Chavez not Bush! Venezuela's challenge to the empire

Venezuela's socialist President Hugo Chavez spoke for people the world over at the United Nations General Assembly in September when he attacked US imperialism's attempt to dominate the world and subjugate its people. Referring to US President George Bush's speech the day before, Chavez said: "The imperialists see extremists all around. No, it's not that we are extremists. What is happening is that the world is waking up and people everywhere are rising up. I have the impression Mr Imperialist Dictator that you will live the rest of your days as if in a nightmare, because no matter where you look we will be rising up against US imperialism."

During the brutal war waged by Israel against Lebanon and the Occupied Palestinian Territories over July-August, Chavez stood in solidarity with the victims of Israel's vicious US-backed campaign. More than 1000 civilians were slaughtered during the invasion of Lebanon. Israel is "killing innocent children and whole families", Chavez said in an Al Jazeera interview on August 4, the day after Venezuela had withdrawn its ambassador to Israel in protest.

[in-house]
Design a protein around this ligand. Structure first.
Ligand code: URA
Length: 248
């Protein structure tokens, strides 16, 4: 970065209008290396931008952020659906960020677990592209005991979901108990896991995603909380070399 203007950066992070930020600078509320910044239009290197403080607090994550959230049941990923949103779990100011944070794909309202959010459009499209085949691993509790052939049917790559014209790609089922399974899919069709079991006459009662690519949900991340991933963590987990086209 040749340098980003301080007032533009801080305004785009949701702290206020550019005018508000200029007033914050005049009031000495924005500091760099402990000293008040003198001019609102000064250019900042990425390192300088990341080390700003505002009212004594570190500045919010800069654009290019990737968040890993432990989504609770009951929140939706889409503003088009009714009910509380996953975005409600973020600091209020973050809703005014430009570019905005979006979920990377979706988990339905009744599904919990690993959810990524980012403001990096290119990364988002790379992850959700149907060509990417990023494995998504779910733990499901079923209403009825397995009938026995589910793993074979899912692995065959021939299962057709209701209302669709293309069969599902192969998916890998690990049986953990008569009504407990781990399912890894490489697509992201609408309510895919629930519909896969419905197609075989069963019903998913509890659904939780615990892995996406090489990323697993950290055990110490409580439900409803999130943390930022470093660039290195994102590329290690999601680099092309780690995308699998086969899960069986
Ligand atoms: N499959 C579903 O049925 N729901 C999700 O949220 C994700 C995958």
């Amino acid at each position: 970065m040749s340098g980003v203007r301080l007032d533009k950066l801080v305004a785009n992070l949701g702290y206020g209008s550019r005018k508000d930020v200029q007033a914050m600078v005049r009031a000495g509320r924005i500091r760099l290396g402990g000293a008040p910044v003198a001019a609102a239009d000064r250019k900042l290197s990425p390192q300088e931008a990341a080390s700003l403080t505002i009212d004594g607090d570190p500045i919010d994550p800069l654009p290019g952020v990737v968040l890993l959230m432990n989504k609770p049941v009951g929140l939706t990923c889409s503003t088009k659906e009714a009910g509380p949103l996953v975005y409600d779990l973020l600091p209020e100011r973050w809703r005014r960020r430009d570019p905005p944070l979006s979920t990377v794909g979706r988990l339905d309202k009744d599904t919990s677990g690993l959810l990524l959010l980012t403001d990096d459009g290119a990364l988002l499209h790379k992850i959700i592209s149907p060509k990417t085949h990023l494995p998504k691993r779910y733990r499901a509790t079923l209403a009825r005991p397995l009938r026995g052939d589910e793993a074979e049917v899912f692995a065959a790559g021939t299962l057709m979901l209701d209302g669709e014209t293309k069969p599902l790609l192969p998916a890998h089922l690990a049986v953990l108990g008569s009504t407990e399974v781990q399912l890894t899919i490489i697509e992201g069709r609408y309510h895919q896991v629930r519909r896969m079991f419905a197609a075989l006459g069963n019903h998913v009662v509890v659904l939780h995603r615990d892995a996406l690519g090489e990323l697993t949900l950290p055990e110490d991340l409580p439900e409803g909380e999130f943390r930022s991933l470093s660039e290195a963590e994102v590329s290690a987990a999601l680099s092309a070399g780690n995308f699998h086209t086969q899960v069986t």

Since his election in 1998, Chavez has called for Third World economic and political unity against imperialism, starting in Latin America. Venezuela has been at the forefront of a continent-wide rebellion against US-enforced neoliberal policies, which for decades have caused intense poverty and misery. His government has pushed an alternative trade model among Latin American nations based on mutual cooperation rather than competition.

Most significantly, Chavez has declared that "the only way to overcome poverty is to give power to the poor", and Venezuela's revolutionary foreign policy is matched by an radical internal process of change — the Bolivarian revolution. This is a battle for power by the working people and poor, and for new, democratic structures for popular power to replace the old political structures of the former elite.

The US has backed undemocratic attempts by the right-wing opposition to topple the Chavez government and reverse the Bolivarian revolution, including a military coup in April 2002, during which Chavez was briefly ousted before an uprising by the poor and the ranks of the military restored him to power.